WTO deals pose global threat: report
With only days left before the World Trade Organization holds its sixth ministerial meeting in Hong Kong, a new report claims that the agreements reached at these trade negotiations pose a threat to people and their environment around the world.
The Tyranny of Free Trade, released this week by environment non-governmental organization Friends of the Earth International, highlights what it claims are the environmental and social impacts free trade policies have on livelihoods, resource allocation and biodiversity.
Through a dozen case studies from Denmark to Indonesia, the 36-page report asserts that intensive agricultural practices and liberalized international trade are leading to social disruption, environmental degradation and even hunger, most notably in developing countries. Small-scale farmers are particularly vulnerable to market-opening pressures, the report says, and are often forced from their land that has been traditionally used to raise food for local consumption. This land is usually converted to plantations or commodity crops for export.
Examples from the Philippines, Indonesia and the Seychelles support the assertion that the 40 million small-scale fishermen who depend on the oceans' resources to feed their families could be out-competed if the WTO cuts tariffs on the fishing industry as proposed, the report says, adding trade measures used to protect small-scale fishing communities, including those in developing countries, would have to be removed.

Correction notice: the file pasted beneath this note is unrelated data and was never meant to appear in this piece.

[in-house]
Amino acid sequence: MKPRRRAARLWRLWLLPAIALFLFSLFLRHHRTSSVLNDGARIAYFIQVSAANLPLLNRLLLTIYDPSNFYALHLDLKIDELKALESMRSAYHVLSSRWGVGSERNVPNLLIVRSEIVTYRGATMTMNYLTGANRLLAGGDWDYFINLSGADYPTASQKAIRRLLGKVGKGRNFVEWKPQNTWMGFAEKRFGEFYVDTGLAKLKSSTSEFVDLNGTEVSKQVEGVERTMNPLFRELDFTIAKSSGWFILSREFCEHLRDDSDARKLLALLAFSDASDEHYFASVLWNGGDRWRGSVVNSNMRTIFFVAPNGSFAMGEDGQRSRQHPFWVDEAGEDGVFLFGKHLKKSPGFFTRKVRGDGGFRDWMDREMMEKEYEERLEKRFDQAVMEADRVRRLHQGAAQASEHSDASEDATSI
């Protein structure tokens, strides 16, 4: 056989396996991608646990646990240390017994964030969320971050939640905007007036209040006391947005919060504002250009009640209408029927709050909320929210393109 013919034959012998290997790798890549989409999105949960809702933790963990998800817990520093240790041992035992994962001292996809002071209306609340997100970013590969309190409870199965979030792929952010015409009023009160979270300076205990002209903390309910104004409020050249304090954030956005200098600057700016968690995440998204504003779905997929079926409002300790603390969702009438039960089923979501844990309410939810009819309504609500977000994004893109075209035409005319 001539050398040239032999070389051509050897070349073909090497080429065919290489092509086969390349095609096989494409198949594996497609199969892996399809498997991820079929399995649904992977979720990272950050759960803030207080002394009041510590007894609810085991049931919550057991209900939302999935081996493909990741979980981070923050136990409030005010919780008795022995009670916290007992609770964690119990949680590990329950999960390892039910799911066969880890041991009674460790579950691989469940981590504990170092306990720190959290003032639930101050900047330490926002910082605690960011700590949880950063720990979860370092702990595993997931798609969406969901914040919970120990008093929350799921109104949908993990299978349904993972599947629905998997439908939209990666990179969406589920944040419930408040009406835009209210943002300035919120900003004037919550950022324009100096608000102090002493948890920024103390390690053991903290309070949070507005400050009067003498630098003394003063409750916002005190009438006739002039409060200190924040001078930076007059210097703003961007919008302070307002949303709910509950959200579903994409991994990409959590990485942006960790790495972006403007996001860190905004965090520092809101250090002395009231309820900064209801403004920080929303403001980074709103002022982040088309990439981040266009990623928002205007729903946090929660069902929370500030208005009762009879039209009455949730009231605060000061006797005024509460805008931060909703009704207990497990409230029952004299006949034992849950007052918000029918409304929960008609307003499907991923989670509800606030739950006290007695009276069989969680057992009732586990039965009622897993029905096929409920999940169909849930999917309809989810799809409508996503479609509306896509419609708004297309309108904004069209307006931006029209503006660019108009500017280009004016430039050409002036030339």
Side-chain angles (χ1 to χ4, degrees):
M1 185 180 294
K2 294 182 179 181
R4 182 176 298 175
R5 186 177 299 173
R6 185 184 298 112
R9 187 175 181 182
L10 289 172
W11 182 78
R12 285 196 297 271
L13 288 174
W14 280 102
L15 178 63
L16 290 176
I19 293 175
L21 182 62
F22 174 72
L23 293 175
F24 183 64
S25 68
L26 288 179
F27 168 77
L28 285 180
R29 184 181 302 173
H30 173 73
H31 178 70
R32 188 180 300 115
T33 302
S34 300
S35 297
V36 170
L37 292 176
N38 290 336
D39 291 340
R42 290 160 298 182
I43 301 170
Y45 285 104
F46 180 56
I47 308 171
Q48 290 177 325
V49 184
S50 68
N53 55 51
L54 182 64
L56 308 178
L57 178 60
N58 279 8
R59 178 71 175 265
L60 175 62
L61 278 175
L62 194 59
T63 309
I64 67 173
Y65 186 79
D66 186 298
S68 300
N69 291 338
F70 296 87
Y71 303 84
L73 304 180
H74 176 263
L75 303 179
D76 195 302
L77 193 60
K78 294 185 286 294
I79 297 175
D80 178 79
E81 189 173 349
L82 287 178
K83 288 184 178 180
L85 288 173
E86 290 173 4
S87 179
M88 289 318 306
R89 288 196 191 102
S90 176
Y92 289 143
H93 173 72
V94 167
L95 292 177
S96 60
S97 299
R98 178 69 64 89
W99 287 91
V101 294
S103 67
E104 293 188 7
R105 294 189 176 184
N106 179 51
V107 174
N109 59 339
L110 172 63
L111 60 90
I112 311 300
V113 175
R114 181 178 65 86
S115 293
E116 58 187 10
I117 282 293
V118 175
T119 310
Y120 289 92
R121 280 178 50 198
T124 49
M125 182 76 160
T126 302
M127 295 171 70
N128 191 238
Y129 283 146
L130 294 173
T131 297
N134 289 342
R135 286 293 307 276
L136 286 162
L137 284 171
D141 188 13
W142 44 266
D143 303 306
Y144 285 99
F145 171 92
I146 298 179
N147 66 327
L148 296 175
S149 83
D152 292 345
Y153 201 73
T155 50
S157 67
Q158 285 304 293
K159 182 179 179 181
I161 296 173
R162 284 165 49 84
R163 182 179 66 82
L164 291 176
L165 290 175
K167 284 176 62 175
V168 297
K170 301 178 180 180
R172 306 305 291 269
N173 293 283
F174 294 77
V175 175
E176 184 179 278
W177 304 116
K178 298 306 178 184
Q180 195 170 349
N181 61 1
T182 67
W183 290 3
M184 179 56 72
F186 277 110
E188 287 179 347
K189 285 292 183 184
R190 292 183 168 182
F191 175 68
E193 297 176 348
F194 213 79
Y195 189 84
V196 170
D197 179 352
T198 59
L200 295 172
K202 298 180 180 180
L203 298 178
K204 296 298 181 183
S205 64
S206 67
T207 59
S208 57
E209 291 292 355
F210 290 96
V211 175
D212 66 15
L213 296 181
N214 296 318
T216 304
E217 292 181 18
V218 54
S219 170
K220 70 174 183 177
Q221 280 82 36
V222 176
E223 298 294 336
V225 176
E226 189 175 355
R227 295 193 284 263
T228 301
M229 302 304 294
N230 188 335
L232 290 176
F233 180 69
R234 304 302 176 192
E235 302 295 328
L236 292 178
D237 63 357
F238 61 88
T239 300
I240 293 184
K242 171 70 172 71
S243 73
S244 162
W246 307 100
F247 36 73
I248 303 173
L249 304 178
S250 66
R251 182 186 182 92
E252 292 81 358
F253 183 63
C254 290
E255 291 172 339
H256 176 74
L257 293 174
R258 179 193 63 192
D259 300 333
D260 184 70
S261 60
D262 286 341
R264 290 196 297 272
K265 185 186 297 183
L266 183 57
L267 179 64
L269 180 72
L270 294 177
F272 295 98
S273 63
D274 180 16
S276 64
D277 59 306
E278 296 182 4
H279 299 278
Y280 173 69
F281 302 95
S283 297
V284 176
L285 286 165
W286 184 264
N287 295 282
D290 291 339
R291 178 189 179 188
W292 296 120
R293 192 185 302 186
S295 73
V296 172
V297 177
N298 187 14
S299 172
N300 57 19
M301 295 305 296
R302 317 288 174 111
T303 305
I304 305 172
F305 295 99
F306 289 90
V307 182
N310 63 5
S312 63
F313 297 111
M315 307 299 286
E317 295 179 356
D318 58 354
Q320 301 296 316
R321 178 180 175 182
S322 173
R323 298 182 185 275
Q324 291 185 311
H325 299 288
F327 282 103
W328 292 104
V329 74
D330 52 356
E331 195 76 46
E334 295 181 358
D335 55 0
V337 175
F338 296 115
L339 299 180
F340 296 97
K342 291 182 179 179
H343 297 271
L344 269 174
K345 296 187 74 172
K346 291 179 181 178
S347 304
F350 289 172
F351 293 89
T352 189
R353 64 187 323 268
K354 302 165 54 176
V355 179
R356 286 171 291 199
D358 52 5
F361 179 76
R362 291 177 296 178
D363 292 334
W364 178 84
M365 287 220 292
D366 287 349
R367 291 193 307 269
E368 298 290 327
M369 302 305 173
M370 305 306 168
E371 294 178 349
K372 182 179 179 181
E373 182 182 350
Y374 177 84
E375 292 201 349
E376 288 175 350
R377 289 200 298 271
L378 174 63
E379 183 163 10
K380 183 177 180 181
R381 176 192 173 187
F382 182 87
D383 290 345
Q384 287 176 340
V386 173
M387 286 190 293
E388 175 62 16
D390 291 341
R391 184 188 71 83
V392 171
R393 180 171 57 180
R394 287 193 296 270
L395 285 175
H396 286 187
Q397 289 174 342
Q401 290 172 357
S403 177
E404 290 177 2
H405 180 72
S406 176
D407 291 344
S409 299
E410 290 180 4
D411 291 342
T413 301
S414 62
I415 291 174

"The myth of unfettered free trade as a solution to poverty needs to be exploded. Regional and bilateral trade agreements running in parallel are as untransparent and as harmful as the WTO," said one of the report's authors, Ronnie Hall.
"What we need now is a halt to trade liberalization negotiations and an urgent review of the impacts of international trade rules on the impoverished and the environment."
The coming WTO talks aim to liberalize trade in sectors ranging from services to agriculture and natural resources. "Because the poorest are the most reliant on access to natural resources for food, medicines and fuel, as well as a resource for their livelihoods, this could boost the enormous inequities that already exist in the current world trading system," the group said.